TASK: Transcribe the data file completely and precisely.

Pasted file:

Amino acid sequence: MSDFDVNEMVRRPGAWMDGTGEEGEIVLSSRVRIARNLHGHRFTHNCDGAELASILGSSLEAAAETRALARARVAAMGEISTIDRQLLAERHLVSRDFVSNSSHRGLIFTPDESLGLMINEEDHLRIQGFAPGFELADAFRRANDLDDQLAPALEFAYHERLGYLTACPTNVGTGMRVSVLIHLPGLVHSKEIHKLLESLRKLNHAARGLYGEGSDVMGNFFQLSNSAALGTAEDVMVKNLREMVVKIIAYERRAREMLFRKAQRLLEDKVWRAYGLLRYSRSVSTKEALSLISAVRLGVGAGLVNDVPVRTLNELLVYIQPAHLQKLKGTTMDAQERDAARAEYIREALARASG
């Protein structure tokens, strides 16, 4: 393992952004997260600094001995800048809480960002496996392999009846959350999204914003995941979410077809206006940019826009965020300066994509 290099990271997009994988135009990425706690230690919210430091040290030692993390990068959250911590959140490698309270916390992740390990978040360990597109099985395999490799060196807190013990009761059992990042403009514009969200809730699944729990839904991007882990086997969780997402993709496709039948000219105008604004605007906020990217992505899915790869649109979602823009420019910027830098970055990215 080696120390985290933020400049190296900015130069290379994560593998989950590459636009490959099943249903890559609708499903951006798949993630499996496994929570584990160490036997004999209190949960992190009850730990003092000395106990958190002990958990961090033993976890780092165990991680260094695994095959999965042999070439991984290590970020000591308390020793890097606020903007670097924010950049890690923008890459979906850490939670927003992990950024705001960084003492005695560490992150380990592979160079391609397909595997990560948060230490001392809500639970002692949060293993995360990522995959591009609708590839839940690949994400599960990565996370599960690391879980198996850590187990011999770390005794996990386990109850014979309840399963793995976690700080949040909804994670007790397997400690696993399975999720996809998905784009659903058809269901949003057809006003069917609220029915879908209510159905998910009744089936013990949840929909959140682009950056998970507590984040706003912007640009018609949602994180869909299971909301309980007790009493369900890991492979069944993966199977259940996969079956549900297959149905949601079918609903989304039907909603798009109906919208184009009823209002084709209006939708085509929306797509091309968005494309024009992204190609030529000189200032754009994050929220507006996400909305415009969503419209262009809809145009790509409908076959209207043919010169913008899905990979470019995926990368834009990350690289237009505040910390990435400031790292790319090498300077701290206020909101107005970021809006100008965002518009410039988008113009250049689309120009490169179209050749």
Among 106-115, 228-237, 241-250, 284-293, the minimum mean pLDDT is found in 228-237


Amino acid sequence: MSDFDVNEMVRRPGAWMDGTGEEGEIVLSSRVRIARNLHGHRFTHNCDGAELASILGSSLEAAAETRALARARVAAMGEISTIDRQLLAERHLVSRDFVSNSSHRGLIFTPDESLGLMINEEDHLRIQGFAPGFELADAFRRANDLDDQLAPALEFAYHERLGYLTACPTNVGTGMRVSVLIHLPGLVHSKEIHKLLESLRKLNHAARGLYGEGSDVMGNFFQLSNSAALGTAEDVMVKNLREMVVKIIAYERRAREMLFRKAQRLLEDKVWRAYGLLRYSRSVSTKEALSLISAVRLGVGAGLVNDVPVRTLNELLVYIQPAHLQKLKGTTMDAQERDAARAEYIREALARASG
């Protein structure tokens, strides 16, 4: 393992952004997260600094001995800048809480960002496996392999009846959350999204914003995941979410077809206006940019826009965020300066994509 290099990271997009994988135009990425706690230690919210430091040290030692993390990068959250911590959140490698309270916390992740390990978040360990597109099985395999490799060196807190013990009761059992990042403009514009969200809730699944729990839904991007882990086997969780997402993709496709039948000219105008604004605007906020990217992505899915790869649109979602823009420019910027830098970055990215 080696120390985290933020400049190296900015130069290379994560593998989950590459636009490959099943249903890559609708499903951006798949993630499996496994929570584990160490036997004999209190949960992190009850730990003092000395106990958190002990958990961090033993976890780092165990991680260094695994095959999965042999070439991984290590970020000591308390020793890097606020903007670097924010950049890690923008890459979906850490939670927003992990950024705001960084003492005695560490992150380990592979160079391609397909595997990560948060230490001392809500639970002692949060293993995360990522995959591009609708590839839940690949994400599960990565996370599960690391879980198996850590187990011999770390005794996990386990109850014979309840399963793995976690700080949040909804994670007790397997400690696993399975999720996809998905784009659903058809269901949003057809006003069917609220029915879908209510159905998910009744089936013990949840929909959140682009950056998970507590984040706003912007640009018609949602994180869909299971909301309980007790009493369900890991492979069944993966199977259940996969079956549900297959149905949601079918609903989304039907909603798009109906919208184009009823209002084709209006939708085509929306797509091309968005494309024009992204190609030529000189200032754009994050929220507006996400909305415009969503419209262009809809145009790509409908076959209207043919010169913008899905990979470019995926990368834009990350690289237009505040910390990435400031790292790319090498300077701290206020909101107005970021809006100008965002518009410039988008113009250049689309120009490169179209050749």
Among 106-115, 228-237, 241-250, 284-293, the minimum mean pLDDT is found in 228-237